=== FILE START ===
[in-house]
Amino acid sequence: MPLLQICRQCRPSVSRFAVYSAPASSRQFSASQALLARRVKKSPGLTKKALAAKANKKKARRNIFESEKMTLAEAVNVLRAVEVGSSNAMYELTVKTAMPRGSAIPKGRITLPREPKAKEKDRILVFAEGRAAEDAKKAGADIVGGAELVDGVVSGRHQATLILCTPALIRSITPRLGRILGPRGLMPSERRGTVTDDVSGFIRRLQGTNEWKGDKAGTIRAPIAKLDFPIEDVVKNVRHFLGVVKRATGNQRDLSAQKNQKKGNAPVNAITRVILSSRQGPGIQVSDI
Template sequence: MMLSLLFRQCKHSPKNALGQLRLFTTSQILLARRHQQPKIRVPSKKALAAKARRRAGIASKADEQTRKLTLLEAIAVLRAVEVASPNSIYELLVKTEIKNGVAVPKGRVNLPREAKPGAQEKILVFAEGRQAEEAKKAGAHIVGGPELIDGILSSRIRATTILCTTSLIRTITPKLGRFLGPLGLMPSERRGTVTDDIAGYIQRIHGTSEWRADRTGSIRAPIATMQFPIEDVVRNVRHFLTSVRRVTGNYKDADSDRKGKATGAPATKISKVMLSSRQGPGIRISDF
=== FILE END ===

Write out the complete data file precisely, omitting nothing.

[in-house]
Amino acid sequence: MPLLQICRQCRPSVSRFAVYSAPASSRQFSASQALLARRVKKSPGLTKKALAAKANKKKARRNIFESEKMTLAEAVNVLRAVEVGSSNAMYELTVKTAMPRGSAIPKGRITLPREPKAKEKDRILVFAEGRAAEDAKKAGADIVGGAELVDGVVSGRHQATLILCTPALIRSITPRLGRILGPRGLMPSERRGTVTDDVSGFIRRLQGTNEWKGDKAGTIRAPIAKLDFPIEDVVKNVRHFLGVVKRATGNQRDLSAQKNQKKGNAPVNAITRVILSSRQGPGIQVSDI
Template sequence: MMLSLLFRQCKHSPKNALGQLRLFTTSQILLARRHQQPKIRVPSKKALAAKARRRAGIASKADEQTRKLTLLEAIAVLRAVEVASPNSIYELLVKTEIKNGVAVPKGRVNLPREAKPGAQEKILVFAEGRQAEEAKKAGAHIVGGPELIDGILSSRIRATTILCTTSLIRTITPKLGRFLGPLGLMPSERRGTVTDDIAGYIQRIHGTSEWRADRTGSIRAPIATMQFPIEDVVRNVRHFLTSVRRVTGNYKDADSDRKGKATGAPATKISKVMLSSRQGPGIRISDF